Euromoney raises stakes in battle for Metal Bulletin

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The Independent Online

The specialist financial publisher Euromoney made a more determined push yesterday to break up a planned nil-premium merger between its rival, Metal Bulletin, and Wilmington.

Euromoney, which is about 70 per cent owned by the newspaper publisher Daily Mail and General Trust, raised its offer for Metal Bulletin to 400p cash per share, valuing the company at £220m.

On Friday, Metal Bulletin dismissed an unsolicited 340p-a-share, £187m, cash-and-shares approach from Euromoney as "derisory".

Last night's more generous approach was accompanied by a call from Euromoney for Metal Bulletin to call off a meeting next week at which shareholders will be asked to approve the planned merger with Wilmington.

Metal Bulletin, led by chief executive Tom Hempenstall, refused. There is only one concrete offer on the table with no guarantee of any other, he said. Metal Bulletin's board still plans to recommend the tie-up with Wilmington to shareholders, which include Hermes, AXA and Fidelity.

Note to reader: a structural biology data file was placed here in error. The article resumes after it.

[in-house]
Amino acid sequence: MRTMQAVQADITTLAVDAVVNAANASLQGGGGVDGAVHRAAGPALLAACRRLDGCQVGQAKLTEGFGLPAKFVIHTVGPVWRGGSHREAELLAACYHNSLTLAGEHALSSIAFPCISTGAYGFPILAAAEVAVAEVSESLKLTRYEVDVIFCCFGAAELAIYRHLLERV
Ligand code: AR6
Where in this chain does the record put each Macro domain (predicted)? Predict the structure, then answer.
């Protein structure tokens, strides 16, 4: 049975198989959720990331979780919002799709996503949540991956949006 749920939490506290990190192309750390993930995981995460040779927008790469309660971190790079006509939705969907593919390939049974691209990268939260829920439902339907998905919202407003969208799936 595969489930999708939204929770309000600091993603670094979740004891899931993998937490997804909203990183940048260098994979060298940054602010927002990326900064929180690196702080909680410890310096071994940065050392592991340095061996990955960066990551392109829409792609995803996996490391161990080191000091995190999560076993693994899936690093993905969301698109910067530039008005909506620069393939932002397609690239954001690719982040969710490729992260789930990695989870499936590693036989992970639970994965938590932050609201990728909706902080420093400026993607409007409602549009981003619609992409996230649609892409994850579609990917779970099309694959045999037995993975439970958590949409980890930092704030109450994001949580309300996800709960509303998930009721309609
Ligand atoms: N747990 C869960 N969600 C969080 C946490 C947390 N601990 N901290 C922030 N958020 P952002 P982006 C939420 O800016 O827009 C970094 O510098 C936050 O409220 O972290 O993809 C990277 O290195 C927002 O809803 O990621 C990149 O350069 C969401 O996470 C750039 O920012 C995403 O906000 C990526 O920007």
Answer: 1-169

However, Mr Hempenstall will now hold talks with Euromoney about its interest in the group.

Euromoney stressed that its revised proposal is final and values Metal Bulletin shares at a 34 per cent premium to their closing price on 23 June, the last business day before the planned merger with Wilmington was announced. Metal Bulletin shares stood at 371p last night, with Wilmington shares at 180p.

Industry observers have suggested a tie-up with Euromoney would make most sense. Cost savings and synergies of about £5m would easily outstrip the £1.5m expected from the planned merger with Wilmington. A Metal Bulletin merger with Wilmington would create a specialist business information and professional and regulatory training group worth £330m.

Sources close to Metal Bulletin stressed last night that, should shareholders approve the Wilmington tie-up next week, the deal would not become effective until 13 September. That would leave a window during which other options could be fully explored.

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